Mobile is becoming the dominate news information choice. Companies are changing their philosophy.

According to the article, people who followed Michael Kors on Instagram saw the photo as a normal Instagram post. But to other users, it comes with the label “sponsored.” In the comments section on this post, a lot of people critiqued the thought of an ad invasion, but to me, its a mode of discovery. I never would have thought to present a watch that way and it is absolutely affective.

What this article does not answer is how Instagram will decide what ads you will see. If it will be geared toward things you like, tracking your interest. Perhaps then attitudes will shift.

Time will tell.

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From Instagram to Photoshop

I love Photoshop. As the Photo Editor of my high school paper I was able to mess around with the applications, though we were all about authenticity so we avoided any and all editing tools besides cropping. I come from a family of photographers. My aunt and uncle do it for a living and my cousins’ Facebook albums are full of high quality photographs – candids that look all too posed. (Check them out @ http://www.somlotalent.com/somlotalent.php)

 

A long-time program for touch-ups and exposure fixes, Photoshop seems to have fallen out of place for younger, less experienced photographers. Though the quality of the program is up-to-date, its flexibility in terms of mobility have diminished. Many photographers’ curiosity starts a lot younger than college, more about the time we get our first cellphones. We’re the kids that have a camera around our necks during school dances, random adventures and family vacations. For some, a camera is an easy birthday gift, something we learn to use and love ourselves. For myself, it was another opportunity for expression, a field separate from my writing, and it wasn’t long after I got my first camera that I was given my first cellphone, and at the time, the two didn’t have much in common.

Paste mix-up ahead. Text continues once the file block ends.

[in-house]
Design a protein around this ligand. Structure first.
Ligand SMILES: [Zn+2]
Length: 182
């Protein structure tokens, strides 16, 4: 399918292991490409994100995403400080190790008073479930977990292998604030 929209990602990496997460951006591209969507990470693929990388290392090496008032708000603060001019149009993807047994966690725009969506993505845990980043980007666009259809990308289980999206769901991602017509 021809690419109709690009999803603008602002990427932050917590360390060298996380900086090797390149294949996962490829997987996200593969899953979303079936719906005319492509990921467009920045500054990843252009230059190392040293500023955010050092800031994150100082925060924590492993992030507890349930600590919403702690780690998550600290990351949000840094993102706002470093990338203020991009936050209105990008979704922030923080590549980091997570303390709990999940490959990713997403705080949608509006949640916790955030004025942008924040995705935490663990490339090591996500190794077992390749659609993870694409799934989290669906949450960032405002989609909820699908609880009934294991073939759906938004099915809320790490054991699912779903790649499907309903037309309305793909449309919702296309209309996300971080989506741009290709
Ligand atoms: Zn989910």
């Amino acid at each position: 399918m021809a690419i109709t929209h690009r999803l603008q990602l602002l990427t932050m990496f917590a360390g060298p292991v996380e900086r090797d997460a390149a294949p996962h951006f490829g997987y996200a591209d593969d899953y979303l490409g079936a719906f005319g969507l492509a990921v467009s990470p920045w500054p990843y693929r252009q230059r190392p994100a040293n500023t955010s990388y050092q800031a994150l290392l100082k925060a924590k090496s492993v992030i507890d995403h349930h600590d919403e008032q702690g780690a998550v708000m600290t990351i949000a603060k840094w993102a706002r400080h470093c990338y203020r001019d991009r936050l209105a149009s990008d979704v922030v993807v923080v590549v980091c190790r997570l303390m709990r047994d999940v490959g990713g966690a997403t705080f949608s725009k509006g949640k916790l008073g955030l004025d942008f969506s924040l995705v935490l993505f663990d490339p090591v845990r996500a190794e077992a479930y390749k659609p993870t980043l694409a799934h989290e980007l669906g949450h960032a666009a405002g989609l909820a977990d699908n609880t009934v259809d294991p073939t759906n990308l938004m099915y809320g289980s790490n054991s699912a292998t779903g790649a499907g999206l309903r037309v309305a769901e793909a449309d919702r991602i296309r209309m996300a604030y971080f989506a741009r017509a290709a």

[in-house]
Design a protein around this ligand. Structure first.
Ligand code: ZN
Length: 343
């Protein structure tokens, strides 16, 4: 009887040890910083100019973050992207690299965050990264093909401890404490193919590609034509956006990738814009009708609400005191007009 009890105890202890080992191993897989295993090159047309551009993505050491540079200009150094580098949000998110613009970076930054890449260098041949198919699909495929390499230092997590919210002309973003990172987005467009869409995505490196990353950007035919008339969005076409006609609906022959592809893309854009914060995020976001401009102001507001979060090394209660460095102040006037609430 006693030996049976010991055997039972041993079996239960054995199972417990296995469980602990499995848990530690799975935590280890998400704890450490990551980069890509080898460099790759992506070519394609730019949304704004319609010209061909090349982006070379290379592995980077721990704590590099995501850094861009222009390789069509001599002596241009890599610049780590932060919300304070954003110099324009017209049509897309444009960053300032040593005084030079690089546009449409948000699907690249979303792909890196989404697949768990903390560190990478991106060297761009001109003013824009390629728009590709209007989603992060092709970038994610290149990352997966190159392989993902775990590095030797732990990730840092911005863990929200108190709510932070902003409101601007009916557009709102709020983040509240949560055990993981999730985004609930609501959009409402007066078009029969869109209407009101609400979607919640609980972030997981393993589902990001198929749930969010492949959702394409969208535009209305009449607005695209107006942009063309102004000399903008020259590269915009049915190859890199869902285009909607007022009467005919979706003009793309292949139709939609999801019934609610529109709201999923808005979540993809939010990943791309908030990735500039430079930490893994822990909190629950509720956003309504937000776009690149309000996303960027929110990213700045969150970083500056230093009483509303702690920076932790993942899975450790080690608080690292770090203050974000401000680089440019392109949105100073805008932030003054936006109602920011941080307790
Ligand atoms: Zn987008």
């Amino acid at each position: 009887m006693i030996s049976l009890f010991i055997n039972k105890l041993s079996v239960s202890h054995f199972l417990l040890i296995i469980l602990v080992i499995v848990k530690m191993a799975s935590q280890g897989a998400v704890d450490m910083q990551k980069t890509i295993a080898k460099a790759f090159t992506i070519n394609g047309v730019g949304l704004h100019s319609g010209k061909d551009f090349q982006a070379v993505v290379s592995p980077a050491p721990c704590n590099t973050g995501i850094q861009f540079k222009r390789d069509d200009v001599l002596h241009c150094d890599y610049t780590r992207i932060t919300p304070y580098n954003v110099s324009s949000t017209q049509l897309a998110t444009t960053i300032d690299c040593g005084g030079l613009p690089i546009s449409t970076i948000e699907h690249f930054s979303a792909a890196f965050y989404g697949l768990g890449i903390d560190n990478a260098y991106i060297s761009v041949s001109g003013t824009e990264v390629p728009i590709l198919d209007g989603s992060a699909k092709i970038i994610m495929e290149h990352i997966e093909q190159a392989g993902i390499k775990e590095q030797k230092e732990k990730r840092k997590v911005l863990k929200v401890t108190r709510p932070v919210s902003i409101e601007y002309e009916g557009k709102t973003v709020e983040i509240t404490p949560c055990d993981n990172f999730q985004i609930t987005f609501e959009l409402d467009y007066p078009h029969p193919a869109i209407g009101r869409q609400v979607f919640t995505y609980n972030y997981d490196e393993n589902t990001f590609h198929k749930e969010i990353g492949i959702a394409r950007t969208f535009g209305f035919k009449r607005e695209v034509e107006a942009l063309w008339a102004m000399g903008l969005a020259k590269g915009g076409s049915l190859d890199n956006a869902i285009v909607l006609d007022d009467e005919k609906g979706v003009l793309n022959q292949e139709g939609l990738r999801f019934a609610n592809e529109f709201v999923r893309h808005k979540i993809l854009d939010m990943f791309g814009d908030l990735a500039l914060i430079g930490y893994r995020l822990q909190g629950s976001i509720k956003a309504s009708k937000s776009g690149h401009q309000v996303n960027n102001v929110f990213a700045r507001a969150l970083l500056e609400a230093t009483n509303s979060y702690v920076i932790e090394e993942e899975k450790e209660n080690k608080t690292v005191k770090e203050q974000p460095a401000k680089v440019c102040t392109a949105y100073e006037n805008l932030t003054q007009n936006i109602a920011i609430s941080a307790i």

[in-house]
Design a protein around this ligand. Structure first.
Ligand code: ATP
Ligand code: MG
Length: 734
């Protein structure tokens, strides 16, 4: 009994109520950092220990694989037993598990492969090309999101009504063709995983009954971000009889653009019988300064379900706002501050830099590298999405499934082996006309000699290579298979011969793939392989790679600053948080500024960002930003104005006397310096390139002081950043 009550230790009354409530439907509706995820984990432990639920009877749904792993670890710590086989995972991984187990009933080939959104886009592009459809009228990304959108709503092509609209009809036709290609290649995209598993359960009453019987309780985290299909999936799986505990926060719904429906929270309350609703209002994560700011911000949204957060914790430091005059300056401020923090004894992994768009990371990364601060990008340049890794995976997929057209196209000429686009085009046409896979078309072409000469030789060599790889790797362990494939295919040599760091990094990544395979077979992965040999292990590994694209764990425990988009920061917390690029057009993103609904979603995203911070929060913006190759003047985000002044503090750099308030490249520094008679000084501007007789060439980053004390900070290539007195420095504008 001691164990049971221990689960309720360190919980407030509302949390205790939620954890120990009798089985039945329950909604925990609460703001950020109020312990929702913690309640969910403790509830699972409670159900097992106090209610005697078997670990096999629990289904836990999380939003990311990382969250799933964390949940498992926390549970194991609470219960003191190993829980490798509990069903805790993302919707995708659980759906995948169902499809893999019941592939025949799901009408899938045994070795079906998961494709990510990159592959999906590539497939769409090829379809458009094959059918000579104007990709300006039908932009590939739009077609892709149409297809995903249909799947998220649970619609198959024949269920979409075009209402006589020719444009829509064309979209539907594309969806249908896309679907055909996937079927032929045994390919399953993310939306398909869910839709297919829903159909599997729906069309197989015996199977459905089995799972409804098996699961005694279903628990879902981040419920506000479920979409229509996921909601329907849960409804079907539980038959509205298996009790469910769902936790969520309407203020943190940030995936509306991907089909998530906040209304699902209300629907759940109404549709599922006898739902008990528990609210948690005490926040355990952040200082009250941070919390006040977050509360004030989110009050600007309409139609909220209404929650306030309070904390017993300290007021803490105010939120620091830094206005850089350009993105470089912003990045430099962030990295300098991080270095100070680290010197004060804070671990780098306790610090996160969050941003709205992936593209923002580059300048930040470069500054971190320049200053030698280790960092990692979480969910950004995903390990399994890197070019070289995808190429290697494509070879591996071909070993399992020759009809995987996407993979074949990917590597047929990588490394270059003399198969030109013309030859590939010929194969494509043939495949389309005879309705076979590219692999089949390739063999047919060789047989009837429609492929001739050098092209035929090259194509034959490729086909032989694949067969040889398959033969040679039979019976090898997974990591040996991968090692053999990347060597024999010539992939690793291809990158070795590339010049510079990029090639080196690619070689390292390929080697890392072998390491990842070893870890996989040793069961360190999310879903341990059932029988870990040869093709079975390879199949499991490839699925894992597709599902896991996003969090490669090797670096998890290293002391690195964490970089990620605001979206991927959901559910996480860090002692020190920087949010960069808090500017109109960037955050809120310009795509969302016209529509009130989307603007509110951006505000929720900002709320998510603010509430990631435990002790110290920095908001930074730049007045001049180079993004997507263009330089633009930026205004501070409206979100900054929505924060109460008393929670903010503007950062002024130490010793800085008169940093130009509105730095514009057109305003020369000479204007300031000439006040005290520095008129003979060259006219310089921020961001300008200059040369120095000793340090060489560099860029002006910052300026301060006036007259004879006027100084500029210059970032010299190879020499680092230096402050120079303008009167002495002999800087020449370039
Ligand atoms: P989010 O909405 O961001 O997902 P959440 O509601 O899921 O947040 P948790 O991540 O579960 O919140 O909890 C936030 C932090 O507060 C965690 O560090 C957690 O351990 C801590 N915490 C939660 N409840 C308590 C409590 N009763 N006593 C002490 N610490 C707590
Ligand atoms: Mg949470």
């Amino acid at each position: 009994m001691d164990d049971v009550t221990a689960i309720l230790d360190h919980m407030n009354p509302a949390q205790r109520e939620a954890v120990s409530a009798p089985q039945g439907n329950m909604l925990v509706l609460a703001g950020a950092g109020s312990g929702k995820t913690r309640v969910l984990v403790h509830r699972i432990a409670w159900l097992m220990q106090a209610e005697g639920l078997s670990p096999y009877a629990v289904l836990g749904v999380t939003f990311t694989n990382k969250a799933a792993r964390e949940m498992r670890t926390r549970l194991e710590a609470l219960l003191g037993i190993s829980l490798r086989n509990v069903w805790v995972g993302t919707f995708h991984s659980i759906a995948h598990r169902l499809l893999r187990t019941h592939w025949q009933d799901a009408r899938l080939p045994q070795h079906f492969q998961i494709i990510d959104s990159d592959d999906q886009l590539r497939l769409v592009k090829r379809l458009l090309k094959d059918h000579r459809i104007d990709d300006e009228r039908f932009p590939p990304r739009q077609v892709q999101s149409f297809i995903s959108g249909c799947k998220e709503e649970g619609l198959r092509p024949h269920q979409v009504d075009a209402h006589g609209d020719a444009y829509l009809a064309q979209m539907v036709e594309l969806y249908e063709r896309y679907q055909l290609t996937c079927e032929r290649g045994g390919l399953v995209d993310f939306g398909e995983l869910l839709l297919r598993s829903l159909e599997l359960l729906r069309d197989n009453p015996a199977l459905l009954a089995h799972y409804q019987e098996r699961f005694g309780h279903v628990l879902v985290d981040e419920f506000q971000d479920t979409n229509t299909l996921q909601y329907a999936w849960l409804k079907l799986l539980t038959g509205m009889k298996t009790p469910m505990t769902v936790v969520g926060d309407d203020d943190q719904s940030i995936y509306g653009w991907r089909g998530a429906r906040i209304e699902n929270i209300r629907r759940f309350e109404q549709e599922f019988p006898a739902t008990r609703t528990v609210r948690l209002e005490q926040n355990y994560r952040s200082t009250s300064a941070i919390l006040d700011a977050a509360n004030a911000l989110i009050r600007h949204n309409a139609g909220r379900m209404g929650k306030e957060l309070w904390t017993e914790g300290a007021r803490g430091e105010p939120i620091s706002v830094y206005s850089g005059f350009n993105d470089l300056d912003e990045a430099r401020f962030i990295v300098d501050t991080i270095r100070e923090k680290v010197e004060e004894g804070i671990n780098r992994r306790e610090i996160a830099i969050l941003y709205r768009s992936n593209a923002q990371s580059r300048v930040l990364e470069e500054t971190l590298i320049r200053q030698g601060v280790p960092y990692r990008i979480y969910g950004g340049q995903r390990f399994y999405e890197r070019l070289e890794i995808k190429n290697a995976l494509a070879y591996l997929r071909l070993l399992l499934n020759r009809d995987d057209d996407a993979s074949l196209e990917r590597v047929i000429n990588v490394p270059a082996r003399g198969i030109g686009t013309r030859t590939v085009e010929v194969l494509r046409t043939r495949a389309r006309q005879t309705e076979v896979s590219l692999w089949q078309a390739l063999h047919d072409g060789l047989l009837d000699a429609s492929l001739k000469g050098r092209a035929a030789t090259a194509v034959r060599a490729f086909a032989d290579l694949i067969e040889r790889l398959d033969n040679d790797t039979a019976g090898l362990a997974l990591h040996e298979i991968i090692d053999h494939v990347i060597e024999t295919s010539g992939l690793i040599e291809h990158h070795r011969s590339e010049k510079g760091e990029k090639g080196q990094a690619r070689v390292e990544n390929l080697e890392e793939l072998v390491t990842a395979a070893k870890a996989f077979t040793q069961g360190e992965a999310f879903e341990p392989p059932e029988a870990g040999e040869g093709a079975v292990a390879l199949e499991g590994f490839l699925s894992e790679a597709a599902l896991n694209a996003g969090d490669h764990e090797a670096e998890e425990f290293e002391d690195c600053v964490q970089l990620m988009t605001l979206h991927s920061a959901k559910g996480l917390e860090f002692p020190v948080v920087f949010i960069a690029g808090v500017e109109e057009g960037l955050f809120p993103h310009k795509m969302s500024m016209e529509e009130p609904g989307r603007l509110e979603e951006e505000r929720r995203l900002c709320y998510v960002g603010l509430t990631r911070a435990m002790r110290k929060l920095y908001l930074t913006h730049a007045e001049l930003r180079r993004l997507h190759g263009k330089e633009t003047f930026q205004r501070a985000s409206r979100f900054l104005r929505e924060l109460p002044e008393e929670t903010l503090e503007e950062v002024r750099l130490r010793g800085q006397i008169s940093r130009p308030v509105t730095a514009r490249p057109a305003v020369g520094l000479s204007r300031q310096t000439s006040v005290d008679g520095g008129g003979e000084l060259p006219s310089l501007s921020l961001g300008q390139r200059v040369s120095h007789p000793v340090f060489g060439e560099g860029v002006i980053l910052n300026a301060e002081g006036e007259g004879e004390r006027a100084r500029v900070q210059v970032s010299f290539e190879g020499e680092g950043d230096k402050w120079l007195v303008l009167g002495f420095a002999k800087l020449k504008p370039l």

Today – things are different.

 

If you glance at my call log, then switch back to the number of photos in my iPhone album, the numbers don’t compare. I won’t hesitate to say the reason … Instagram.

 

Its a program that has turned things around. People who used to simply smile in front of the lens are now behind the camera, documenting their own stories and, with captions, telling them their own way. It has features such as brightness, framing, cropping, focusing and black and white. The only major Photoshop tool this iPhone app seems to be lacking is red-eye, but let’s face it, iPhones have the capability to turn a camera flash on and off, even the strength to let you set things on auto, having the camera do the work for you. So, it really makes no difference.

 

I’m not saying that Photoshop isn’t important, or that its not worthy of the costly price tag attached to it, but its got some competition. Instagram also provides a forum to share photographs, in an essence, it has become a media outlet itself, as one can follow news sources and members of their community. Though I agree there is such a thing as oversharing in this fashion, I would argue that there is no reason a journalist shouldn’t make one.

 

It will, at least, prepare you for more sophisticated programs, such as Photoshop Elements.

 

From Instagram to Photoshop, let the inspiration be key to an easy transition.

– From,

An unidentified source.